Sam Lansky’s satirical debut novel comes from a sincere love for Los Angeles.

Text by Maggie Lange
Images by Cody James

There’s an impeccable scene in Sam Lansky’s satirical novel about Los Angeles, Broken People, in which two men prepare to meet a shaman who has promised to transform their lives in three days. They are set-dressing their environment: They’ve acquired a gorgeous yurt (“ranch-hand glamour”) with Pendleton blankets (“masc seeking masc”), some medium-sized House of Intuition crystals, and Candle Delirium lighting. They debate which store will carry “the best selection of stylish buckets that will fit our aesthetic.” The buckets are, of course, to vomit into when the ayahuasca takes hold.

There’s no better place than Los Angeles, Lansky’s novel posits, for the most fashionable trappings of healing. Broken People shows a city caught in the “crosshairs of materialism and mysticism,” as Lansky describes over the phone from his West Hollywood home on a sunny day in early January. In the book, the men beautifying their spiritual yurt are scolded by the shaman for “trying to produce the experience.” They’re taking an almost competitive approach to healing. The very impulse to make everything look gorgeous and seem vibe-y, the very impulse to heal everything away, is exactly what Broken People wants to address. The book holds a mirror to this wellness-chic impulse, cracking the mirror in the process.

When Lansky, a magazine editor and journalist, was in his early 20s, he wrote a memoir about his teen years in New York. Published in 2016, The Gilded Razor details the trajectory and fallout of Lansky’s drug addiction. A few years later, Lansky published Broken People, his first novel, which, to an extent, picks up where the memoir left off.

In the novel, a magazine editor named Sam (who wrote a memoir about his years of addiction) is at the center of the story. This personal tether is potent throughout Broken People; while it is ultimately a juicy satire full of fun, absurd characters, the book also has a strong, pumping, very real heart at the center of it. Lansky jabs at L.A.’s hypocrisies and contradictions, but he never forgets that there’s an earnest impulse in this relentless self-improvement. In its cracked mirror, it also reflects the author’s fascination with and love for the city.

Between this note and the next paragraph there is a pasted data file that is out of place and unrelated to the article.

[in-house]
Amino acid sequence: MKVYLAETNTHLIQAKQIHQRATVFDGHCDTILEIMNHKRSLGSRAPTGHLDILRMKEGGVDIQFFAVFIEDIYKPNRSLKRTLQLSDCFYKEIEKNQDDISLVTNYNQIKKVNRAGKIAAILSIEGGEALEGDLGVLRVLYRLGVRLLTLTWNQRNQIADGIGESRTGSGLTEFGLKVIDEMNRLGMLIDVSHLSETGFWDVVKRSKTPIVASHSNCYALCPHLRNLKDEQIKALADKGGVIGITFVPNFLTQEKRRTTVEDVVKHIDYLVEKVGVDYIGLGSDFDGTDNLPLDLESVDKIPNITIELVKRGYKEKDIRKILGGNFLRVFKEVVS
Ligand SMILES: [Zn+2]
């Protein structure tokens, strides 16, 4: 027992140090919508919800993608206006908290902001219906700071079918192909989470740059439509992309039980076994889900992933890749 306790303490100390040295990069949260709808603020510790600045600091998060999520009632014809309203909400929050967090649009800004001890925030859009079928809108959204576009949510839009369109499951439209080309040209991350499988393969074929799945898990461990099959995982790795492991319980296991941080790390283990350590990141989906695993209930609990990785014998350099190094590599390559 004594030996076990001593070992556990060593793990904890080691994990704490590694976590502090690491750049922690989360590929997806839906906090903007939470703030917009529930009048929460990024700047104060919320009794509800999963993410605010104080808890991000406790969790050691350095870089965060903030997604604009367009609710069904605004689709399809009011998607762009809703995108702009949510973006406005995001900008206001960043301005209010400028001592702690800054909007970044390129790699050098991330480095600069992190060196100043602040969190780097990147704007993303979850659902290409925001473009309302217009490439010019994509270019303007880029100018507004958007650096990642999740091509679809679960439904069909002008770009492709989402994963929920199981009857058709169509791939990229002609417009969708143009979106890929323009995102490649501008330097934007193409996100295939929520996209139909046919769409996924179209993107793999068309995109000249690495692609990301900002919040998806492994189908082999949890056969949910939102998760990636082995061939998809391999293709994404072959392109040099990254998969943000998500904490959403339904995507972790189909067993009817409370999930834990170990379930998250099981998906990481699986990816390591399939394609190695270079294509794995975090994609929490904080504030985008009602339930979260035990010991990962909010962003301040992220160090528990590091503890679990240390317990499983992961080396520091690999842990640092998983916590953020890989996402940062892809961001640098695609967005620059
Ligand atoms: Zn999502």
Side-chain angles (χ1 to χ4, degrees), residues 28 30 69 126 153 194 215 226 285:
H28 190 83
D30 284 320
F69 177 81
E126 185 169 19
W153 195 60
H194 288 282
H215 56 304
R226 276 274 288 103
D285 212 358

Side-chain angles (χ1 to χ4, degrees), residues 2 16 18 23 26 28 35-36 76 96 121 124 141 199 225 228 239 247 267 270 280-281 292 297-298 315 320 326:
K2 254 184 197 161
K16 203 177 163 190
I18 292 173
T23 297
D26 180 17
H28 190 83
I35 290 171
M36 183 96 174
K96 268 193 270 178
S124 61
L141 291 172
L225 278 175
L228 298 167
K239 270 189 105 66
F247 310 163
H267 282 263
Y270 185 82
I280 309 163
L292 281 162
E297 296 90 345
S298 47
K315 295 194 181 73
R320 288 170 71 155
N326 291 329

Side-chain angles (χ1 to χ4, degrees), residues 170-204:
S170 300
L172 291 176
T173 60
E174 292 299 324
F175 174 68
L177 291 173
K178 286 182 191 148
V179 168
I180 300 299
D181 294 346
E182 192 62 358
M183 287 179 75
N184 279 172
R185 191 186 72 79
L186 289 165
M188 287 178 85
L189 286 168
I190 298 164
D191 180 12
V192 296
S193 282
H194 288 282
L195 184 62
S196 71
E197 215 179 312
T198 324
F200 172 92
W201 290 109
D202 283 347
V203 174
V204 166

Perhaps the most moving moments in Broken People are when Sam Lansky the writer shows you exactly how absurd something can be, but Sam the character falls for it anyway, because, in Los Angeles, it’s also totally irresistible.

“I have become, for better or worse, a very L.A. person,” Lansky says, “and this is a very L.A. book.” When I ask Lansky what he means by “very L.A.,” he answers snappily, “I have an Erewhon sweatshirt.” At first, he says, he was entirely bemused by the famous grocery store, with its “$22 yogurts” and clientele that’s “either rich or famous or both.” Quickly, bewilderment shifted to genuine affection. Now, Erewhon is his favorite place, he says, and he’s completely lost track of when ironic participation turned to earnest devotion.

“A place where anyone could be their best self for a price is so compelling to me,” he says with a laugh. For example, he was amused to find himself suddenly interested in Los Angeles’ footwear culture. “In New York, I did not have a single pair of bougie sneakers,” he says. “I’m not a sneakerhead wandering Fairfax, but I do have a number of sneakers that cost more than anything else I’m wearing. I still feel cool with some very chunky, very ugly Balenciagas.”

In a place famously obsessed with outer beauty, he loves when the worship of beauty is whole-heartedly rejected in a flash of independence. “I have so much respect for fashion-y ugliness,” he says. “You see it architecturally too, with this horrible, squat Brutalist architecture.”

While L.A. denizens may instinctually make everything into a gorgeous production, may stylize a yurt for their spiritual improvement, Lansky also sees some radical self-acceptance in their moments of free, fun, fashionable ugliness.

This perspective positions Lansky to address the cultural moment perfectly. Perhaps the most moving moments in Broken People are when Sam Lansky the writer shows you exactly how absurd something can be, but Sam the character falls for it anyway, because, in Los Angeles, it’s also totally irresistible.